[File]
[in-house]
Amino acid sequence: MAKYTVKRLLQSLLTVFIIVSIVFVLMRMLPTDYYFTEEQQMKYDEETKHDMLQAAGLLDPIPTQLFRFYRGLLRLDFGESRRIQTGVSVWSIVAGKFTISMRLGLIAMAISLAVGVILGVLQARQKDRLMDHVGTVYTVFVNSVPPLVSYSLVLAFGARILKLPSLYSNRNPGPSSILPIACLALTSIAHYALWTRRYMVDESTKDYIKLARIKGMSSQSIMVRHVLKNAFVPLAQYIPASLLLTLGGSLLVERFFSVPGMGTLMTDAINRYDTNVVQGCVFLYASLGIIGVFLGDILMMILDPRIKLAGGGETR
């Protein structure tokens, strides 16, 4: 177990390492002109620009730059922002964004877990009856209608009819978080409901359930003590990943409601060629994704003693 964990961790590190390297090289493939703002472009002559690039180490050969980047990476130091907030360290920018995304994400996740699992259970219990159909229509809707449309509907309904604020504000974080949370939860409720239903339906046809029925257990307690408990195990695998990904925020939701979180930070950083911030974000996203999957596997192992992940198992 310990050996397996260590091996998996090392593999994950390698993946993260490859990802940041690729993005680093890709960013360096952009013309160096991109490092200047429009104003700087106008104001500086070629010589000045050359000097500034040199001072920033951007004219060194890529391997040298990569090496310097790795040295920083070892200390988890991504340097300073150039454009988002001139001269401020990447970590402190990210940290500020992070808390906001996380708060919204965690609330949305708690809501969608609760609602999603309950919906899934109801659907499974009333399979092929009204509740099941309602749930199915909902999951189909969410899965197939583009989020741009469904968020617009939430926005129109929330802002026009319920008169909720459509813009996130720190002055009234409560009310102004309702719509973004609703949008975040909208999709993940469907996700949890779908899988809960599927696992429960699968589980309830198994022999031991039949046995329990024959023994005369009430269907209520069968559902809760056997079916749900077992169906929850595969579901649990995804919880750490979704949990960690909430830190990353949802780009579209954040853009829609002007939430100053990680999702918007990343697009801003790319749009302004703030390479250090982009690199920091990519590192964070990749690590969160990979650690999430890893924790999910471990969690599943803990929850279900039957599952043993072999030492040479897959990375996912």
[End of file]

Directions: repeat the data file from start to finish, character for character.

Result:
[in-house]
Amino acid sequence: MAKYTVKRLLQSLLTVFIIVSIVFVLMRMLPTDYYFTEEQQMKYDEETKHDMLQAAGLLDPIPTQLFRFYRGLLRLDFGESRRIQTGVSVWSIVAGKFTISMRLGLIAMAISLAVGVILGVLQARQKDRLMDHVGTVYTVFVNSVPPLVSYSLVLAFGARILKLPSLYSNRNPGPSSILPIACLALTSIAHYALWTRRYMVDESTKDYIKLARIKGMSSQSIMVRHVLKNAFVPLAQYIPASLLLTLGGSLLVERFFSVPGMGTLMTDAINRYDTNVVQGCVFLYASLGIIGVFLGDILMMILDPRIKLAGGGETR
């Protein structure tokens, strides 16, 4: 177990390492002109620009730059922002964004877990009856209608009819978080409901359930003590990943409601060629994704003693 964990961790590190390297090289493939703002472009002559690039180490050969980047990476130091907030360290920018995304994400996740699992259970219990159909229509809707449309509907309904604020504000974080949370939860409720239903339906046809029925257990307690408990195990695998990904925020939701979180930070950083911030974000996203999957596997192992992940198992 310990050996397996260590091996998996090392593999994950390698993946993260490859990802940041690729993005680093890709960013360096952009013309160096991109490092200047429009104003700087106008104001500086070629010589000045050359000097500034040199001072920033951007004219060194890529391997040298990569090496310097790795040295920083070892200390988890991504340097300073150039454009988002001139001269401020990447970590402190990210940290500020992070808390906001996380708060919204965690609330949305708690809501969608609760609602999603309950919906899934109801659907499974009333399979092929009204509740099941309602749930199915909902999951189909969410899965197939583009989020741009469904968020617009939430926005129109929330802002026009319920008169909720459509813009996130720190002055009234409560009310102004309702719509973004609703949008975040909208999709993940469907996700949890779908899988809960599927696992429960699968589980309830198994022999031991039949046995329990024959023994005369009430269907209520069968559902809760056997079916749900077992169906929850595969579901649990995804919880750490979704949990960690909430830190990353949802780009579209954040853009829609002007939430100053990680999702918007990343697009801003790319749009302004703030390479250090982009690199920091990519590192964070990749690590969160990979650690999430890893924790999910471990969690599943803990929850279900039957599952043993072999030492040479897959990375996912």